World Hepatitis Day: Officials Urge Testing

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OCEAN COUNTY – Ocean County recognizes World Hepatitis Day on July 28 this year; acknowledging the disease that affects approximately 4.4 million Americans right now, according to the Centers for Disease Control and Prevention (CDC).

Hepatitis is an inflammatory condition of the liver, commonly caused by a viral infection. Those 4.4 million Americans affected have either hepatitis B or C. Some others don’t even know that they have hepatitis. Ocean County officials remind residents that it is important to get tested if you are concerned about this disease.

“Testing, which starts with a doctor’s exam and often a simple blood test, has the potential to save many lives,” said Freeholder Director Gerry P. Little. “Accordingly, the Ocean County Health Department offers free hepatitis C testing and also provides clinic services for hepatitis B to insure our Ocean County residents have the resources to confront this disease.”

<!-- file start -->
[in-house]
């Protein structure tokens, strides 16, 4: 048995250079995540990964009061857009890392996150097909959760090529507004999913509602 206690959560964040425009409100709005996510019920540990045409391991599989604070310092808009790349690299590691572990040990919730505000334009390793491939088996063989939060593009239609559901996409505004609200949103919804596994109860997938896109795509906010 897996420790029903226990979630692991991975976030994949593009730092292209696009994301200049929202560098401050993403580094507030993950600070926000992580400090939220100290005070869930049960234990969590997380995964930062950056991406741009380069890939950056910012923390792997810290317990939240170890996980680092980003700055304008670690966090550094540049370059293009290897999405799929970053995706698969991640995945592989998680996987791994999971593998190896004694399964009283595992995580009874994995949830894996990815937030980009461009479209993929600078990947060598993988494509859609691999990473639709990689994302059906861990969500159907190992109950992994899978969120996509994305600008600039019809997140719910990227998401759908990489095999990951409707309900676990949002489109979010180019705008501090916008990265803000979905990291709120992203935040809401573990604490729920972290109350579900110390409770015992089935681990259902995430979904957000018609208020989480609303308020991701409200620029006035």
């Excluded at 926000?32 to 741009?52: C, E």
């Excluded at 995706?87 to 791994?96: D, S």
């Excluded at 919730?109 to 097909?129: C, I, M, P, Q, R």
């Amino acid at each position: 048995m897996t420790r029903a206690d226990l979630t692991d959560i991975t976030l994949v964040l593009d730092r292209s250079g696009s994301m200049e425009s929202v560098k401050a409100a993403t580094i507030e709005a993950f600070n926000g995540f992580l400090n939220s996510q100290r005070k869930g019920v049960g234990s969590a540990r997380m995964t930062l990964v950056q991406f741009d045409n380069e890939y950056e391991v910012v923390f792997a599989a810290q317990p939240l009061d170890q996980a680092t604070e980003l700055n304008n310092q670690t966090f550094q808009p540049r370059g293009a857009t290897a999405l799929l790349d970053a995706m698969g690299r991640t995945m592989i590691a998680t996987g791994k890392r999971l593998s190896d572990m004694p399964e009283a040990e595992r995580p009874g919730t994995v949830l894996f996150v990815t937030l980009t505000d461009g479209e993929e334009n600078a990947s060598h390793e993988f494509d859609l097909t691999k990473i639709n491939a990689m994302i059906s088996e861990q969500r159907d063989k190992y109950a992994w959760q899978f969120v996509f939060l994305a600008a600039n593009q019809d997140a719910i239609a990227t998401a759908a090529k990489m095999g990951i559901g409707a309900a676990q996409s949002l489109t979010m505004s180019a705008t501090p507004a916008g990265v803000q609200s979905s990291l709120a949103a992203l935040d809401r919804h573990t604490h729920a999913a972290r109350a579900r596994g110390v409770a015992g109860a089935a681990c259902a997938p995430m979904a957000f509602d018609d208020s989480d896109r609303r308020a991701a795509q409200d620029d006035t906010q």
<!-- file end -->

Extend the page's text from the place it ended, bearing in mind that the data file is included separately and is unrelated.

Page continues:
Little also noted that chronic hepatitis B or C can lead to more serious health problems and could put you at risk for chronic liver disease, cirrhosis and liver cancer.

“Treatment options vary depending on which type of hepatitis you have. You can prevent some forms of hepatitis through immunizations and lifestyle precautions,” said Ocean County Health Department Public Health Coordinator Daniel E. Regenye.

Hepatitis B is transmitted through contact with infectious body fluids containing the hepatitis B virus (HBV). You can contract this disease through injecting drugs, having intercourse or sharing razors with an infected person, officials said.

“It is estimated by the CDC that 1.2 million people in the United States and 350 million people worldwide live with this chronic disease,” said Regenye.

Hepatitis C comes from the hepatitis C virus (HCV), which can be transmitted through direct contact with infected body fluids, such as through injection drug use and sexual contact.

“HCV is among the most common blood borne viral infections in the United States. Approximately 2.7 to 3.9 million Americans are currently living with a chronic form of this infection, pursuant to statistics provided by the Centers for Disease Control and Prevention,” Regenye added.

The Ocean County Health Department provides clinic services that emphasize active treatment and management of the disease to prevent worsening outcomes.

For more information about hepatitis, visit the OCHD website at